Michael Walzer has argued that `distributive justice presupposes a bounded world', but what counts as a relevant boundary? The article criticizes two arguments holding that boundaries should not count at all: a negative argument that there is no relevant difference between human relationships within and across state borders and a positive argument that principles of justice must, as a matter of logic, be universal in scope. It then examines three rival accounts of the bounded scope of distributive justice: the cooperative (...)
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  28. David Miller (2007). National Responsibility and Global Justice. Oxford University Press.score: 240.0
    This chapter outlines the main ideas of my book National responsibility and global justice. It begins with two widely held but conflicting intuitions about what global justice might mean on the one hand, and what it means to be a member of a national community on the other. The first intuition tells us that global inequalities of the magnitude that currently exist are radically unjust, while the second intuition tells us that inequalities are both unavoidable and fair once national responsibility (...)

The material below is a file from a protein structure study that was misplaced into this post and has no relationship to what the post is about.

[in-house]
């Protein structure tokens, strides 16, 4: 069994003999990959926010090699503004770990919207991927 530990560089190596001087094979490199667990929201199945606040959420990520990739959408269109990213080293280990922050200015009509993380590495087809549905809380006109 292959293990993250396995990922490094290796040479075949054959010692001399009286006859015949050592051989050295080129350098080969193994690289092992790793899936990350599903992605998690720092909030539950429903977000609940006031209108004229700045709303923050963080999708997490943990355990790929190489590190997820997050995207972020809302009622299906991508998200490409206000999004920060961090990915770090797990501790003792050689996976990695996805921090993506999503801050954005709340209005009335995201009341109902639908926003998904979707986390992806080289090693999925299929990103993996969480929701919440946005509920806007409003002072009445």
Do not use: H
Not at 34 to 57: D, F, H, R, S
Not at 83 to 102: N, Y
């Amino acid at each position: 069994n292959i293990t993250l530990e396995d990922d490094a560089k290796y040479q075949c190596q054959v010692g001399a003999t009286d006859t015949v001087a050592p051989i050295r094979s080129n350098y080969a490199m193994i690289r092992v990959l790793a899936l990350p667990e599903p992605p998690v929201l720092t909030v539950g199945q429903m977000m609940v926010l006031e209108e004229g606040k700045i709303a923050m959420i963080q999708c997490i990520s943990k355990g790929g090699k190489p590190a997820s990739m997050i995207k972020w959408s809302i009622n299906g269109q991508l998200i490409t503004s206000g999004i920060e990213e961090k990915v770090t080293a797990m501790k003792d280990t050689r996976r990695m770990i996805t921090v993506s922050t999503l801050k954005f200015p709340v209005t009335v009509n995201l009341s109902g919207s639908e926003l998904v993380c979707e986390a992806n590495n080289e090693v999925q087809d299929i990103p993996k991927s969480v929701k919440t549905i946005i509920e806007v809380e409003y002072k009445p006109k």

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  29. David Braddon-Mitchell & Kristie Miller (2006). The Physics of Extended Simples. Analysis 66 (3):222–226.score: 240.0
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  30. David Miller (2008). Immigrants, Nations, and Citizenship. Journal of Political Philosophy 16 (4):371-390.score: 240.0
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  31. David Miller (2002). Two Ways to Think About Justice. Politics, Philosophy and Economics 1 (1):5-28.score: 240.0
    This paper contrasts universalist approaches to justice with contextualist approaches. Universalists hold that basic principles of justice are invariant — they apply in every circumstance in which questions of justice arise. Contextualists hold that different principles apply in different contexts, and that there is no underlying master principle that applies in all. The paper argues that universalists cannot explain why so many different theories of justice have been put forward, nor why there is so much diversity in the judgements that (...)
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  32. David Miller (2001). Distributing Responsibilities. Journal of Political Philosophy 9 (4):453–471.score: 240.0
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  33. David Miller (1974). Popper's Qualitative Theory of Verisimilitude. British Journal for the Philosophy of Science 25 (2):166-177.score: 240.0
  34. David Miller (1992). Distributive Justice: What the People Think. Ethics 102 (3):555-593.score: 240.0